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  • Air Quality Case Study Collection 2020 - read digital edition Publications
    Air Quality Case Study Collection 2020 - read digital edition

    air quality case study 2020 mainThe Environment Times' Air Quality Case Study Collection for 2020 is available to read as a digital 'flickread' version, and with the option to download it as a pdf file too.

     

    See the stories from those tackling the air quality health and environmental problem.

     

    Either click on the following link or front cover image to access the publication  https://flickread.com/edition/html/5e787d30aafab#1

  • Futurebuild 2020 Trade Shows & Conferences
    Futurebuild 2020

    The built environment industry can influence the resilience, sustainability and quality of homes, buildings and elements of infrastructure and cities. Registration has opened for Futurebuild 2020 with a call to industry to act now if we are to successfully tackle the challenges facing us all. By joining the event from 03 to 05 March at ExCeL London, visitors will be able to unite with industry innovators to tackle climate change and become the catalyst for change that's so greatly needed.

  • Barratt Developments Sustainable Building & Living
    Barratt Developments

    UK's largest housebuilder announces new science-based carbon reduction targets

    The country's largest housebuilder, Barratt Developments, says it has become the first housebuilder to announce new science-based targets for reducing carbon emissions. It claims the targets are in line with efforts to limit global warming to 1.5oC, needed to mitigate the worst impacts of climate change.

  • Fabriq Air Quality
    Fabriq

    Air Quality Monitoring (AQM) and Analytics in Buildings

    The Fabriq OS platform automatically imports data from a wide range of air quality and environmental sensors, which can be flexibly installed in almost any environment directly by the occupant or the building manager.

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Monday, 12 November 2018 10:36

Leeds students donate to the homeless while they recycle food-on-the-go

An initiative from recycling campaign #LeedsByExample means that students at Leeds Beckett University can now donate money to the homeless while they recycle their plastic bottles and cans or paper cups on campus - and targets millennials who eat most on the go than other age groups but recycle the least.

From this month, the two recycling reward machines at the University have switched from dispensing a 10p voucher for each recycled item to automatically donating 10p to St. George's Crypt, a Leeds-based charity that provides care and support to homeless and vulnerable adults.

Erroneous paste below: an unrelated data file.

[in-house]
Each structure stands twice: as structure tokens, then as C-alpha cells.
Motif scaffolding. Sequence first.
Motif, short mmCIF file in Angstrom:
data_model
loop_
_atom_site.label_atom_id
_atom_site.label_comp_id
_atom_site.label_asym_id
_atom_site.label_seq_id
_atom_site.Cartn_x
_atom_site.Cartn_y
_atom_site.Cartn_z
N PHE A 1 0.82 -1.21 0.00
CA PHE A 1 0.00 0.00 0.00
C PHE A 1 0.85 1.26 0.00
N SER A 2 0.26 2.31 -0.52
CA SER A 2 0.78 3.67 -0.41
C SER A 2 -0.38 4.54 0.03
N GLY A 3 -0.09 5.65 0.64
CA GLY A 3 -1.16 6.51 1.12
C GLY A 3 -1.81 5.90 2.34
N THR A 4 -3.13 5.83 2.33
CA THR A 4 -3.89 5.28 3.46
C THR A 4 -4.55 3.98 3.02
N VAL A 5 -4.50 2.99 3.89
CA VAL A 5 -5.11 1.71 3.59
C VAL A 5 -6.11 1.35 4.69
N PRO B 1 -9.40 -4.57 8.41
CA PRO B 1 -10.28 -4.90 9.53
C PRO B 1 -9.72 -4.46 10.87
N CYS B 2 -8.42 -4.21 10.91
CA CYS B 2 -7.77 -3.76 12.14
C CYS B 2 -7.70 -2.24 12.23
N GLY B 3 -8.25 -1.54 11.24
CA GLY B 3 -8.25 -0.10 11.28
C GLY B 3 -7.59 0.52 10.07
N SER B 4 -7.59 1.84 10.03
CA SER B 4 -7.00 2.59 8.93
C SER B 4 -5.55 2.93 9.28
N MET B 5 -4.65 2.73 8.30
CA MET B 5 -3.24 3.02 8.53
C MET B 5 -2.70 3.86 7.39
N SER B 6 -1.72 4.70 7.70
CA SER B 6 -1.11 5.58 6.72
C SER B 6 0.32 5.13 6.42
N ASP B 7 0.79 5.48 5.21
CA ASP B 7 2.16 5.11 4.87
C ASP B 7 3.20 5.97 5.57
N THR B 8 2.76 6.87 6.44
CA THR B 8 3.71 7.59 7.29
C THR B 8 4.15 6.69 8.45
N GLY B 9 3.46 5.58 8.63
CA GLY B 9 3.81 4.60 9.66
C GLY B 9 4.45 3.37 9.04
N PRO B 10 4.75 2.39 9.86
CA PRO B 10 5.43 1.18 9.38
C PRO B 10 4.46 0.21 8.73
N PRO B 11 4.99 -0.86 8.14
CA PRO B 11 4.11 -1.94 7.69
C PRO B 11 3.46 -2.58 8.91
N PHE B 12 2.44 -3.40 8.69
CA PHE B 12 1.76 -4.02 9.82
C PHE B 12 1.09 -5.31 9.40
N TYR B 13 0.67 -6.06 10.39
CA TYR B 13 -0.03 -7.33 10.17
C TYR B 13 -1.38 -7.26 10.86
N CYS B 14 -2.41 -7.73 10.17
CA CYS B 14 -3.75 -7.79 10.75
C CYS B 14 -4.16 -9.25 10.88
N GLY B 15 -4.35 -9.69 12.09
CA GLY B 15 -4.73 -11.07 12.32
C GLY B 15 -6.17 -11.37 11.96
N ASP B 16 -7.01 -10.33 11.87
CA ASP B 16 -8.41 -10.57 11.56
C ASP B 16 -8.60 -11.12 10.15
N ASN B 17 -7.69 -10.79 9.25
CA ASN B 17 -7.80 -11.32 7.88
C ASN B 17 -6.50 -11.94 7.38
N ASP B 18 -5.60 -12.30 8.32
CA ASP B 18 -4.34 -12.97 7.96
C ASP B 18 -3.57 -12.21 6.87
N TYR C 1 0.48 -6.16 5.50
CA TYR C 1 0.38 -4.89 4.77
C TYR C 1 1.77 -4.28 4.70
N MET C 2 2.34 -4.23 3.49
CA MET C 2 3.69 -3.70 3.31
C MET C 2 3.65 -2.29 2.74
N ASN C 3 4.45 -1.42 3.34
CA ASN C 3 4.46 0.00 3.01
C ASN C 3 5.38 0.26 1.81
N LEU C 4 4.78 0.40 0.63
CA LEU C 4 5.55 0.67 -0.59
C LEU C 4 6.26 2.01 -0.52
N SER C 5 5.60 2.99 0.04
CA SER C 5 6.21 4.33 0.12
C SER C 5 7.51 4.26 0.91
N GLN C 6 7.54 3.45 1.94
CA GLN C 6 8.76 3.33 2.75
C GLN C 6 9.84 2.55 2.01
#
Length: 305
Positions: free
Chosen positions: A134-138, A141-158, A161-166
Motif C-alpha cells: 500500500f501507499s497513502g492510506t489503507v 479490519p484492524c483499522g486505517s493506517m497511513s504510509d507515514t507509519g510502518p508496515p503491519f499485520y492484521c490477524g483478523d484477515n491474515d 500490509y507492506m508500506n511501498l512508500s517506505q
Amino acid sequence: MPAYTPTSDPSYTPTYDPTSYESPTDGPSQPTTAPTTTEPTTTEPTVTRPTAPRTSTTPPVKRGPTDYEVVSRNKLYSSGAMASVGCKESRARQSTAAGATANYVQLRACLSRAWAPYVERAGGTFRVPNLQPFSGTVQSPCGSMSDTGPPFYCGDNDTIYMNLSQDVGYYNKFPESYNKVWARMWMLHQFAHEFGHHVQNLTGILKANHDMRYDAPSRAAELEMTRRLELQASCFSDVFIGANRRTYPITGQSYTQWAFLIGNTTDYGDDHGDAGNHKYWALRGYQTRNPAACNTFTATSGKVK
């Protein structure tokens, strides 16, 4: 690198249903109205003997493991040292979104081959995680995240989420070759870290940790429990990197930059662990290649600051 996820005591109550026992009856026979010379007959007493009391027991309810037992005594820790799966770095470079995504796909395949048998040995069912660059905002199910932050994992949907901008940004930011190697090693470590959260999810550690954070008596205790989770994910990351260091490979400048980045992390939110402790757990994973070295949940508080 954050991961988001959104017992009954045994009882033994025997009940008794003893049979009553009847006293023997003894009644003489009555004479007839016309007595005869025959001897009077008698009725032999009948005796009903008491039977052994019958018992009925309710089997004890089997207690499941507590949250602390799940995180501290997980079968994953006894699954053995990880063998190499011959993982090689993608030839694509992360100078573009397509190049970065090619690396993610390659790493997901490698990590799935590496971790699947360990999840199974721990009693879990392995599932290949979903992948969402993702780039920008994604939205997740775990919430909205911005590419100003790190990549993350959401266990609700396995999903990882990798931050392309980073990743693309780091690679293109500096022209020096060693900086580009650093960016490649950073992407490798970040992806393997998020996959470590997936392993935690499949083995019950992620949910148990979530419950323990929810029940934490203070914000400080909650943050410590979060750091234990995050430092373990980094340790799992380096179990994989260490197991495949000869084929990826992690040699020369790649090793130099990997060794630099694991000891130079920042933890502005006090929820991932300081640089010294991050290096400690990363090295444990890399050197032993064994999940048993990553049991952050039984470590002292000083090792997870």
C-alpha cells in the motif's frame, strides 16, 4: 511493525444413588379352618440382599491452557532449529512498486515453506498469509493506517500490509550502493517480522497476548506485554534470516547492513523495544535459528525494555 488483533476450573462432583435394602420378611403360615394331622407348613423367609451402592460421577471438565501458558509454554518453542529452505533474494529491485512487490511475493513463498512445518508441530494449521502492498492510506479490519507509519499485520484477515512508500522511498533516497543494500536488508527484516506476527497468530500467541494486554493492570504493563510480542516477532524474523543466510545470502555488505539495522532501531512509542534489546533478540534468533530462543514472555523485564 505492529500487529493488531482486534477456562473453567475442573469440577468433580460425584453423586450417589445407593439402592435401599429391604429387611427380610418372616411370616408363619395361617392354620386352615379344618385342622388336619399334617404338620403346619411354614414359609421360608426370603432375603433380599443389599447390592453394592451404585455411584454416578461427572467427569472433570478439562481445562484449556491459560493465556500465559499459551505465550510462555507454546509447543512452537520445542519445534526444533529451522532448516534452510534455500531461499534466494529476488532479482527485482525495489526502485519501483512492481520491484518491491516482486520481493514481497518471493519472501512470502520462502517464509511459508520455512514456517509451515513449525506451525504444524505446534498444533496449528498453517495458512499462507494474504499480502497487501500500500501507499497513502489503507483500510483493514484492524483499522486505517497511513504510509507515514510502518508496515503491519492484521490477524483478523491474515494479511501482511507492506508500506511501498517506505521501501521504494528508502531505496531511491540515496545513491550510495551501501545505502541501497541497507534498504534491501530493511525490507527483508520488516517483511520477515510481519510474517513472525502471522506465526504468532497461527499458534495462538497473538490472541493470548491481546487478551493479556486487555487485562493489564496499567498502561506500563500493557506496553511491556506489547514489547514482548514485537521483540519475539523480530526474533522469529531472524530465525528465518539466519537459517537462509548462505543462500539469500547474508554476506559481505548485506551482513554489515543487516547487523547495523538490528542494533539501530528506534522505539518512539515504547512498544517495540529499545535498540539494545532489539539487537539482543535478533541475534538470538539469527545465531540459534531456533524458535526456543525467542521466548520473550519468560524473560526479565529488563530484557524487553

leeds recycleThe machines - one which collects paper cups, and the other plastic bottles and cans – will be making donations throughout the festive period until Christmas Day. They were installed in October by #LeedsByExample, a six-month pilot campaign from environmental behaviour change charity Hubbub and recycling compliance scheme Ecosurety to improve on-the-go recycling rates in the city.

Gavin Ellis, Director and Co-Founder of Hubbub said: "Our campaign is all about improving rates of recycling in the city and we hope this will be an added incentive to get people recycling bottles, cans and cups, while also helping those in need in the run up to Christmas."

Andrew Omond, Project Manager at St. George's Crypt said: "Over the Christmas period we serve close to 100 lunches a day, have almost 50 residents having three meals a day and serve free tea and coffee from 11am – 1pm. Donations from the machines will go towards supporting this service over the Christmas period and beyond, making sure that the most vulnerable get a solid foundation of shelter, food and warmth to take on the challenges they are faced with."

Launched in October 2018 as a six-month trial, #LeedsByExample has brought together a partnership of big businesses, local firms and Leeds City Council to improve on-the-go recycling rates in the city. The festive initiatives are part of a much wider campaign that has been piloting recycling facilities for plastic, cans and paper cups on the streets, in local offices, shopping centres and universities. The results of the trial will be shared openly with the goal of a national roll-out of the most successful elements.

The campaign addresses a growing challenge – 18 to 25 year olds are twice as likely as older generations to buy food on the go, but millennials are less likely to recycle. The food-to-go industry is already worth £17.4bn a year and projected to increase to over £23bn by 2022. Yet recent research by ReCoup found that only 42% of local authorities provide on-the-go recycling facilities.

#LeedsByExample has the following top tips for Leeds city centre visitors to recycle on the go:

· Hang on to your recycling if you can't spot a bin nearby– with 50+ new recycling points you'll never be more than 5 minute walk from a recycling point
· Use the on-street yellow recycling bins for empty plastic bottles, pots, tubs and trays and cans
· Recycle any paper cup in any Caffe Nero, Costa Coffee, McDonald's, Pret A Manger and Starbucks across the city centre or look out for the new orange bins
· Download the We Recycle app if you want to check what soft drinks packaging and coffee cups you can recycle where
· Ensure packaging is empty before you recycle, as leftover food and drink can contaminate whole batches of recycling
· Follow and share the campaign on social media using #LeedsByExample

For further information on #LeedsByExample and to get involved visit www.leedsbyexample.co.uk.